State Air Samples After Glastonbury Blaze Show No Cause for Concern

Samples of the air taken after a massive fire at a manufacturing plant in Glastonbury show no cause for concern, according to state environmental officials, but they are still waiting on results from the EPA.

The raging fire broke out around 11:30 a.m. on Wednesday at Preferred Display, a company on Roaring Brook Plaza that makes cosmetic displays, and eventually caused the building to collapse.

Firefighters remained at the scene for more than 24 hours after the blaze started, monitoring for hot spots. As of 6 p.m. on Thursday, the smoke had finally cleared.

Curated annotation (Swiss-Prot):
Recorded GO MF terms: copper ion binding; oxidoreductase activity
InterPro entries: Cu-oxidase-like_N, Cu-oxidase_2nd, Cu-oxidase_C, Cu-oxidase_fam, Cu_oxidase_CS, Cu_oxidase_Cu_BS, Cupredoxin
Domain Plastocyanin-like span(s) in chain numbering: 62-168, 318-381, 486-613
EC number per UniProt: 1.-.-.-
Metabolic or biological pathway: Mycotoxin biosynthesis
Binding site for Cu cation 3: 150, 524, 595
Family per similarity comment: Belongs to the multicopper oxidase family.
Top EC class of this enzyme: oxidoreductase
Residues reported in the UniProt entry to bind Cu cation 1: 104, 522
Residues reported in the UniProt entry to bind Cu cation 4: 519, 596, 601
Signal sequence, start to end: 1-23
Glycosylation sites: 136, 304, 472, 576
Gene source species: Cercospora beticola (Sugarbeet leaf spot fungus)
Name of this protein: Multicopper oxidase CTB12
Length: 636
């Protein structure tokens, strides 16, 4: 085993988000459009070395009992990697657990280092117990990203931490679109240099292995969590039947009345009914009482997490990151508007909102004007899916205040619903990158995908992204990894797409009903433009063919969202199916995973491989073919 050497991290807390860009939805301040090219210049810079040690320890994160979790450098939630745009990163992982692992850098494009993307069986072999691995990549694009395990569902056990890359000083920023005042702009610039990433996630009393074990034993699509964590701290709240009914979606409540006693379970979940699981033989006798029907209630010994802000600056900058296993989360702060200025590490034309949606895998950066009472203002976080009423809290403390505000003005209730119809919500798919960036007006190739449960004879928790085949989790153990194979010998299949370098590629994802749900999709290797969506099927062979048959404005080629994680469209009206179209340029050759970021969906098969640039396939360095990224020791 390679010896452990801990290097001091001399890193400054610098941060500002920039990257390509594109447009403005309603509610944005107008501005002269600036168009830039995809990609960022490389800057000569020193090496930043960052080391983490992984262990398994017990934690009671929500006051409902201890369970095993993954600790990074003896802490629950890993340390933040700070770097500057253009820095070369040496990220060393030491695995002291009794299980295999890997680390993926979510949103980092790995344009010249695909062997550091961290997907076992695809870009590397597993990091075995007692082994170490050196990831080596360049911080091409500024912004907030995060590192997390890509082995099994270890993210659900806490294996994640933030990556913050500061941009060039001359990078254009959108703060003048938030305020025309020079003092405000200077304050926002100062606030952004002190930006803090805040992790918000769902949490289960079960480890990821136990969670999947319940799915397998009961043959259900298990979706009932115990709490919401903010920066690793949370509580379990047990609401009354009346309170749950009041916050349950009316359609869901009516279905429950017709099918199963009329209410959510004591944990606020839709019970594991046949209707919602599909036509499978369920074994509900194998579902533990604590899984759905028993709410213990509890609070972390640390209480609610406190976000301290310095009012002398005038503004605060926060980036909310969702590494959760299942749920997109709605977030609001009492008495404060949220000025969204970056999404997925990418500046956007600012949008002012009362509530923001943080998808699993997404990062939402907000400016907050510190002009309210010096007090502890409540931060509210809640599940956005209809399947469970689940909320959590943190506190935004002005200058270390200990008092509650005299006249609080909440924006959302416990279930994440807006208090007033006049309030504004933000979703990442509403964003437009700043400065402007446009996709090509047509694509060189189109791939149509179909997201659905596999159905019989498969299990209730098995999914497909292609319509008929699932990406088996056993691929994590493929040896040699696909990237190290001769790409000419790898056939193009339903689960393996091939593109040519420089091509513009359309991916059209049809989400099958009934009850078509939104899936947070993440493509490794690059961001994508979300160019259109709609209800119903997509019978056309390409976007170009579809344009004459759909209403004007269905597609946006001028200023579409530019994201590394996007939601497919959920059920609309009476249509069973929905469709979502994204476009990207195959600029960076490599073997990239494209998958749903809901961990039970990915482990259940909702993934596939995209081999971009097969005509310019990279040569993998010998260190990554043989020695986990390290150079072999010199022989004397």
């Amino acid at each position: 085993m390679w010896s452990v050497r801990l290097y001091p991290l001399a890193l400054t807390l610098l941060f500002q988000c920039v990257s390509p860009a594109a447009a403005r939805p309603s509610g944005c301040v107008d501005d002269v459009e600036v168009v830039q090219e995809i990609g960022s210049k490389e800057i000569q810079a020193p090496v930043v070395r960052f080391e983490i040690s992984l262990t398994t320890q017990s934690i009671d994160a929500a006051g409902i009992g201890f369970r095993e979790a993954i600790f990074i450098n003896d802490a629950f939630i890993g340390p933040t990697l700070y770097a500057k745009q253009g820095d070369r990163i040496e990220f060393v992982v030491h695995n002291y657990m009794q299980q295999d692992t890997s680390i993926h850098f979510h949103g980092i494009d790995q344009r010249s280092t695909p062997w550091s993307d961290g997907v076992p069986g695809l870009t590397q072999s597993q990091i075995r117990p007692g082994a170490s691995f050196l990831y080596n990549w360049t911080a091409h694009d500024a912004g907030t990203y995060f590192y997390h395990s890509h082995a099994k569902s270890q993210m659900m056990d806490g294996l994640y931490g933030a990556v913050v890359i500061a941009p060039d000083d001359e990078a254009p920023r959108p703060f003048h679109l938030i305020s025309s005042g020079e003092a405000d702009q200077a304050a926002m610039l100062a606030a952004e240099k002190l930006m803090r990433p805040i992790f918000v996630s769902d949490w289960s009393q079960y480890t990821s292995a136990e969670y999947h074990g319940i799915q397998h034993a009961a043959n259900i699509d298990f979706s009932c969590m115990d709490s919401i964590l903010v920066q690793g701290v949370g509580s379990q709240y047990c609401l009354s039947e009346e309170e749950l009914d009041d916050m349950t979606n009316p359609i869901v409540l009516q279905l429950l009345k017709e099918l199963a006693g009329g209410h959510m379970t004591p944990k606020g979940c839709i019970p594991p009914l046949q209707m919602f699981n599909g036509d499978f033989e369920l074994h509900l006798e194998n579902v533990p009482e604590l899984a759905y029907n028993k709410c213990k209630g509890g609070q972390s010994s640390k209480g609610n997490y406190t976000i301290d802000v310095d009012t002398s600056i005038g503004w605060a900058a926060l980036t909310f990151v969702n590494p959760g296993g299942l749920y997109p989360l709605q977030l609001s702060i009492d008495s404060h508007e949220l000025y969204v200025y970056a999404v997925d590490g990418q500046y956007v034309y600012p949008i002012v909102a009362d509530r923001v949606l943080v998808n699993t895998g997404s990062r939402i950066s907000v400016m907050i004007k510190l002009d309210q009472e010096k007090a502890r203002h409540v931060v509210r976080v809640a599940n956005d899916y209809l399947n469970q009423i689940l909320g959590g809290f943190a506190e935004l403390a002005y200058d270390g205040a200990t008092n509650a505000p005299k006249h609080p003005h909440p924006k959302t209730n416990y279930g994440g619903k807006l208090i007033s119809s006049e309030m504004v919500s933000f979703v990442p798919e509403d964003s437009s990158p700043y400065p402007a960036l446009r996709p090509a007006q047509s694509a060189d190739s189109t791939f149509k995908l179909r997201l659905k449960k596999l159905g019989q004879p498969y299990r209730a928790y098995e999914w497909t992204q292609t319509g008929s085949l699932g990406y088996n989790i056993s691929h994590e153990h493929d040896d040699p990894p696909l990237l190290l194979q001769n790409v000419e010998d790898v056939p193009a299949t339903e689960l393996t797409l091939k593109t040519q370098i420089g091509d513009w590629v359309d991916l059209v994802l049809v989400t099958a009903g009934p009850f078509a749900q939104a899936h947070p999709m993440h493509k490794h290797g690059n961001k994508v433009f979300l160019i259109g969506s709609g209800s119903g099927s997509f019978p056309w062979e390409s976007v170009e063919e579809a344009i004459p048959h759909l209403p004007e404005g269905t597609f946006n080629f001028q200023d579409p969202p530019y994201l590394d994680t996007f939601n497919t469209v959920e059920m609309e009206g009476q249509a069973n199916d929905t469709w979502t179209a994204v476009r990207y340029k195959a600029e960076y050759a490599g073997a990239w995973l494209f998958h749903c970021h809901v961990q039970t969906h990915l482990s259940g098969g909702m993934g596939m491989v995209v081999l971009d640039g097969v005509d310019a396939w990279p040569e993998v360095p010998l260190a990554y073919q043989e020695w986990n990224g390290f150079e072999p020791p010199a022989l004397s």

As firefighters battled the out-of-control fire, officials from the state Department of Energy and Environmental Protection, raised environmental concerns that the plastic burning inside the building could break down into toxic gases, such as carbon monoxide and hydrogen cyanide.

“All the smoke was stuck in this area, which affects the residents and it was being migrated north and there was some concern for other areas,” Rich Scalora, of the DEEP, said.

[HAR] Photos of Glastonbury Fire

On Friday, officials said that all air samples taken on Thursday that were tested at the mobile lab showed nothing of concern.

While those results are in, results on samples of particles taken from the deck of an area residence will not be ready until later today, at the earliest, officials from DEEP said.

State officials said they are still waiting on air quality tests from the EPA.
Seventy-five employees were affected by the fire. They were not injured, but they are now without a job.
The fire marshal continued to investigate the cause of the fire.

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